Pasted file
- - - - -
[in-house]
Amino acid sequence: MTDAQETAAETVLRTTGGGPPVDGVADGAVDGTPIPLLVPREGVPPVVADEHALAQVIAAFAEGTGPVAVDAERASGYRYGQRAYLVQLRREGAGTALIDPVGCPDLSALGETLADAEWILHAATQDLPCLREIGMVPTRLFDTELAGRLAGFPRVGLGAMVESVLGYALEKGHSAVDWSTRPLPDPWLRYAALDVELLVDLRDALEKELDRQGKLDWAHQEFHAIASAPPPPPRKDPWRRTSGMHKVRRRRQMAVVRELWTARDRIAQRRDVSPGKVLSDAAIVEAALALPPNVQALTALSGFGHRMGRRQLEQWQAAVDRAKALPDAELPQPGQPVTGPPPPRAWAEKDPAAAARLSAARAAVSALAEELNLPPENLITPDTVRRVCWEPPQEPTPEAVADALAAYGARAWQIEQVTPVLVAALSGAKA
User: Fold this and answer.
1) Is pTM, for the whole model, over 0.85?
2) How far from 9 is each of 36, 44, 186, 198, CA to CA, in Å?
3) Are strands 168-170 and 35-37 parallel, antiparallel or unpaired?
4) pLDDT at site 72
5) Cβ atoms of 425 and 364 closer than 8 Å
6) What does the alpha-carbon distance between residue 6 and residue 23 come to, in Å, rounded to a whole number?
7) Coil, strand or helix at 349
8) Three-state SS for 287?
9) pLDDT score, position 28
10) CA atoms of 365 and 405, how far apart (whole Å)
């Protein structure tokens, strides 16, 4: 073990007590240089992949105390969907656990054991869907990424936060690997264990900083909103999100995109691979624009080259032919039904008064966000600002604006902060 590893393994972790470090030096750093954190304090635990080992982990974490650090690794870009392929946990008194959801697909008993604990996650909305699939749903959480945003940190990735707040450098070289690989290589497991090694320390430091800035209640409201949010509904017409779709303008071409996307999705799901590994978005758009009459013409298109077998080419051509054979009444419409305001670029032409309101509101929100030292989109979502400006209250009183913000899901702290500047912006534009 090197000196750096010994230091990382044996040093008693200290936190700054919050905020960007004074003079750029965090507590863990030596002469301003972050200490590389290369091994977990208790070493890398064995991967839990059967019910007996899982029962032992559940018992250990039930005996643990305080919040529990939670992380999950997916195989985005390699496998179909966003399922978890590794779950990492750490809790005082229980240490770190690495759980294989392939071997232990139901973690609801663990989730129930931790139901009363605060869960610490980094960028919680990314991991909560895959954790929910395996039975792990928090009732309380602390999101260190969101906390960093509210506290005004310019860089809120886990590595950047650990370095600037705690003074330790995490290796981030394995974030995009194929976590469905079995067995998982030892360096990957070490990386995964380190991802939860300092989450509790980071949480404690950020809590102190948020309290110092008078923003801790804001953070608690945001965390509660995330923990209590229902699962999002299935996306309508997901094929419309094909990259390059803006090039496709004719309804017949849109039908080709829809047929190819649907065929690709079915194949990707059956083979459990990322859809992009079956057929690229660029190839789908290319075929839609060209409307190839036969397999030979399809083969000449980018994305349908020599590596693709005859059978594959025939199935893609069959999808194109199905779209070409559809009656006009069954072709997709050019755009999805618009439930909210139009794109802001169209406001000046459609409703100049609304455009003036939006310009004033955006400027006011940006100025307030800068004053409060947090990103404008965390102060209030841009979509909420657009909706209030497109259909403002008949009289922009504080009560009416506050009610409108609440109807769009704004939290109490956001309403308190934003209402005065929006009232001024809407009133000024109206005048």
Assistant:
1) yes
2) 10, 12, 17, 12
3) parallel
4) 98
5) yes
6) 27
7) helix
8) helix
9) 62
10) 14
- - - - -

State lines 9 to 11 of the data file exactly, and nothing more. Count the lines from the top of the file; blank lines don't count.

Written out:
6) What does the alpha-carbon distance between residue 6 and residue 23 come to, in Å, rounded to a whole number?
7) Coil, strand or helix at 349
8) Three-state SS for 287?